Saturday, February 16, 2013

The Pastoral Counselor Working with Addictions

Every church, every town, and many families know the dark effects of substance abuse that tear individuals apart. The substance might be alcohol, drugs, or food, but addiction means that a person has crossed an invisible line, before which they could exercise some cognitive discernment and volitional choice about ingesting the substance, and after which their willpower and good intentions are rendered powerless.

In my opinion, addiction groups deserve a special place in the ministry of the church, because when the spiritual fellowship of a Twelve Step program brings an addict into recovery, then pastoral counseling can focus on promoting the developmental maturity that the addictive substance formerly eclipsed.

Recovery from Addiction

Pastoral counselors might consider taking the initiative in contacting the central office of the granddaddy of Twelve Step groups, Alcoholics Anonymous, to see if they want to set up a meeting in the church. This puts several healing powers into motion. It signals to the community at large that this church, through an outgoing spirit of altruistic concern, provides a safe haven for people who are struggling with addiction.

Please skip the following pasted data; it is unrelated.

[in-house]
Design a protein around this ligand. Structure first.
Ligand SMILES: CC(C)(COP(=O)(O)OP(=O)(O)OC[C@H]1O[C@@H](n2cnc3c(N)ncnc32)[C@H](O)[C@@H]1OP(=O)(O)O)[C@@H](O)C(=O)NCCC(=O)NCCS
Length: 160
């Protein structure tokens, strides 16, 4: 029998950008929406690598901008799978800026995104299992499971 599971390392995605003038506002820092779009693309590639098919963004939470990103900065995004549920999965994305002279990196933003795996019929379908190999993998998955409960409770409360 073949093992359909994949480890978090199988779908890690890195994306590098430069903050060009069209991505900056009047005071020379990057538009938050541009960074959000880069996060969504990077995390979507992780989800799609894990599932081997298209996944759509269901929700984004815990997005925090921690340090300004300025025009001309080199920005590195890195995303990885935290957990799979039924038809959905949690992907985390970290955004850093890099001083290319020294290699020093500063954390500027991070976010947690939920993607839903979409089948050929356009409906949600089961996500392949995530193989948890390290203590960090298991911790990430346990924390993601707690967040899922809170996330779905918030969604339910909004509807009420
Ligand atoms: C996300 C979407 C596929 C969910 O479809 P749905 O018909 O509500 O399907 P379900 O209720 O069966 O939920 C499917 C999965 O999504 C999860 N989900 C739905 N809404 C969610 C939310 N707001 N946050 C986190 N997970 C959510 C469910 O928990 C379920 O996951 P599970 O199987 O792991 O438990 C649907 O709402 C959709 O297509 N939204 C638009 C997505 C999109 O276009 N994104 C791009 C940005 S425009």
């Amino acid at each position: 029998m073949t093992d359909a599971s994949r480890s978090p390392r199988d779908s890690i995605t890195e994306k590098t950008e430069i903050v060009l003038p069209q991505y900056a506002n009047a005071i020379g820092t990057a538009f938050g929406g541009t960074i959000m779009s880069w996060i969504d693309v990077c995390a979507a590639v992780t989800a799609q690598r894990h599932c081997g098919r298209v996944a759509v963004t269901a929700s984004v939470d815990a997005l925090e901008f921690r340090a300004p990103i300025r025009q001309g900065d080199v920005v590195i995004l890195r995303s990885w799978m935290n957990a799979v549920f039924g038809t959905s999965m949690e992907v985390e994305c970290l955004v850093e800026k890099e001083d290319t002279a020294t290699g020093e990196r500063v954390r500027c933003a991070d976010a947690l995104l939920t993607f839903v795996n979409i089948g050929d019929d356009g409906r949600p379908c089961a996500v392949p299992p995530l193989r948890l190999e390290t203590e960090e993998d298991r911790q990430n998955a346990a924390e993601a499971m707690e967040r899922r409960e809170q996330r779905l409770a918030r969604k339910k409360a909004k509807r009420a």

Church Recovery Groups

AA fosters a spiritual awakening by encouraging participants to humbly surrender to a Higher Power, a ministry that reaches outside of Christianity, yet because AA meetings traditionally end by saying the Lord’s Prayer, assures that Christ is in their midst.

A Twelve Step group in the church strengthens the life of the community as a whole, promoting recovery from addictions that would otherwise ravage marriages, families, and neighborhoods of those living in their grip. 

Pastoral counseling, when it is sought, can help dismantle the rigid personality patterns that contributed to addiction in the first place, and guide the person to repair damaged relationships.


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